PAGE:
About Ramadan

Ramadan is a special time where Muslims put more effort into following the teachings of Islam. The month is a time of spiritual reflection, self-improvement, and heightened devotion and worship. The month of Ramadan is the ninth month of the Islamic Calendar, it lasts for 29/30 days. The Islamic calendar is based around the lunar cycle, meaning that Ramadhan will move back by 10 days, each year. For example, the month of Ramadan begun in mid-April this year (2021) and so will begin in early April next year.

Throughout the month Muslims will fast for roughly 16 hours a day, from closing the fast at around 3am to opening it at around 8pm. During the fasting period of the day, Muslims will not eat, drink or smoke at all. Many Muslims will commit to additional night prayers for one or two hours where they will complete the recitation of the entire Quran in prayer and engage in a lot of self-reflection and supplication.

The ethos behind this amazing month is to gain a closeness to Allah (God), learn the art of staying away from sinful disliked actions, rid oneself of the illnesses of the heart, and purify the soul, repair relationship and increase in generosity. This month is believed to be the greatest month of the year which requires key ingredients like effort, sacrifices, discipline, and reflection for the purpose of growth.

A typical day for Muslim person fasting:

  • The fast begins at dawn. Just prior to dawn people will have Suhoor, this is the meal before fast begins. Some will have a simple date and water and others will have full meal, including curries. Dawn at the beginning of the Ramadhan is around 3:30am and will move back to around 1:30am towards the later stages of the month.
  • Muslims pray 5 prayers every day all year round, and this is continued throughout Ramadan. The 1st prayer at dawn, 2nd being at midday 3rd at the late part of the afternoon, the 4th at sun set and the 5th later in the evening, typically before midnight.
  • At sun Set the fasting will end with a meal, and the 4th prayer.
  • In the evening, after the 5th prayer, an additional prayer will take place that only occurs during Ramadan. This is longer than the other prayers and can last anywhere between one hour and one hour and 30 minutes. In this prayer Muslims will complete reading all 30 chapters of the Quran (the holy book of Islam) from memory.
  • Throughout the month Muslims will increase how much they pray, giving charity and self-reflection.
  • The last 10 nights of Ramadhan are extra special and people will increase their worship during these nights, many people will also take time away from work in this time to put extra focus into their worship.
  • Eid is then celebrated for 3 days after Ramadhan. It is the first of the 2 Eid’s (the other being celebrated several months after Ramadan). Eid is the celebration given to Muslims by god to celebrate all the efforts made in the month of Ramadhan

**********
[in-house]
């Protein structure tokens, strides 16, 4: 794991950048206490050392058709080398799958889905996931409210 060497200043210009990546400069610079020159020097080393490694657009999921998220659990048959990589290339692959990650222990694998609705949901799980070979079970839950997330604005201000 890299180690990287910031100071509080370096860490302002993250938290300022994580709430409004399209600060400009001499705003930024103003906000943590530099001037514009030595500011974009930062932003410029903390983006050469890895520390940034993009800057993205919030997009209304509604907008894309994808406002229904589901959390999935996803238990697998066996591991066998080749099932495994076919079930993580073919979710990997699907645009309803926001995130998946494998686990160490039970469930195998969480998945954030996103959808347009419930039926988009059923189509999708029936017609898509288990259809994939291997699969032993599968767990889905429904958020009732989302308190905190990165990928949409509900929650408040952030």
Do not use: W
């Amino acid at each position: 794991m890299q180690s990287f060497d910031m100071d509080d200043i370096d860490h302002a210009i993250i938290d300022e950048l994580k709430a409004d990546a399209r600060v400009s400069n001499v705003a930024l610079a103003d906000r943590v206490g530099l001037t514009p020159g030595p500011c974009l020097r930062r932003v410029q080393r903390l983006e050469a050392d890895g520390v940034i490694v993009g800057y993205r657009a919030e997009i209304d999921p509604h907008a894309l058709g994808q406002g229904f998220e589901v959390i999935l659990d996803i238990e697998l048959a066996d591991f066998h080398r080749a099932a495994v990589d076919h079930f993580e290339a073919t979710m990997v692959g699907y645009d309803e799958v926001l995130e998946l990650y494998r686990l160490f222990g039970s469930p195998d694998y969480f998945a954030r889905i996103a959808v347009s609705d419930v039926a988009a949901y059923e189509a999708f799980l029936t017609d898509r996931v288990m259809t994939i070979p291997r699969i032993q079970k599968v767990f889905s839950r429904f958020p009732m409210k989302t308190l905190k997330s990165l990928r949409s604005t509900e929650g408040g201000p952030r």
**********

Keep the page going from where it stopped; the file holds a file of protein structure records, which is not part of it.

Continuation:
Questions you may have

Can you drink water?

During the fasting period of the day Muslims will not eat, drink or smoke.

How do you manage?

Many Muslims have grown up doing it from a young age. Young children may choose to fast during the weekend or keep half a fast (dawn to midday), this is a thing many young children wish to do so they can be a part of what adults do. This means by the time you become an adult you are used to it.

As there is such a sense of community around Ramadhan, the spirit created makes it easier. Muslims will encourage each other. They will go out their way to support each other. At home people will pull together and work as team on day to day things.

Fasting in it its nature is not easy, regardless of the reason you are doing it. Muslims understand this so although it may not be always easy, they push on and know that they will be rewarded by god for it.

Do children have to fast?

Children do not have to fast, but some may choose to fast on weekends and half days. Adults who are ill or have to take medication also do not have to fast. A pregnant lady does not have to fast if she chooses not to.

When does Ramadhan start/ end?

The month of Ramadan is the ninth month of the Islamic Calendar, it lasts for 29/30 days. The Islamic calendar is based around the lunar cycle, meaning that Ramadhan will move back by 10 days, each year. For example, the month of Ramadan begun in mid-April this year (2021) and so will begin in early April next year.

How can employers and services offer their support?

(This advice is transferable to everyday life, not just in the workplace).

 

  1. Be flexible with working hours and appointments. Due to fasting and night prayers Muslims observing Ramadan will have broken or less sleep. Where possible offer options to have later appointments.  People may also request later starts from managers and finish later. Others may prefer to start earlier and finish later.
  2. Muslims will be fasting so they may not be eating during their lunch breaks, however many may use this time to spend in prayer.
  3. Productivity levels may differ. When working with someone who is observing Ramadan, their productivity levels may change. If you notice they are losing concentration offer a short break.
  4. Feel free to ask any questions you have, Muslims would love to answer any questions you have and share their religion with you.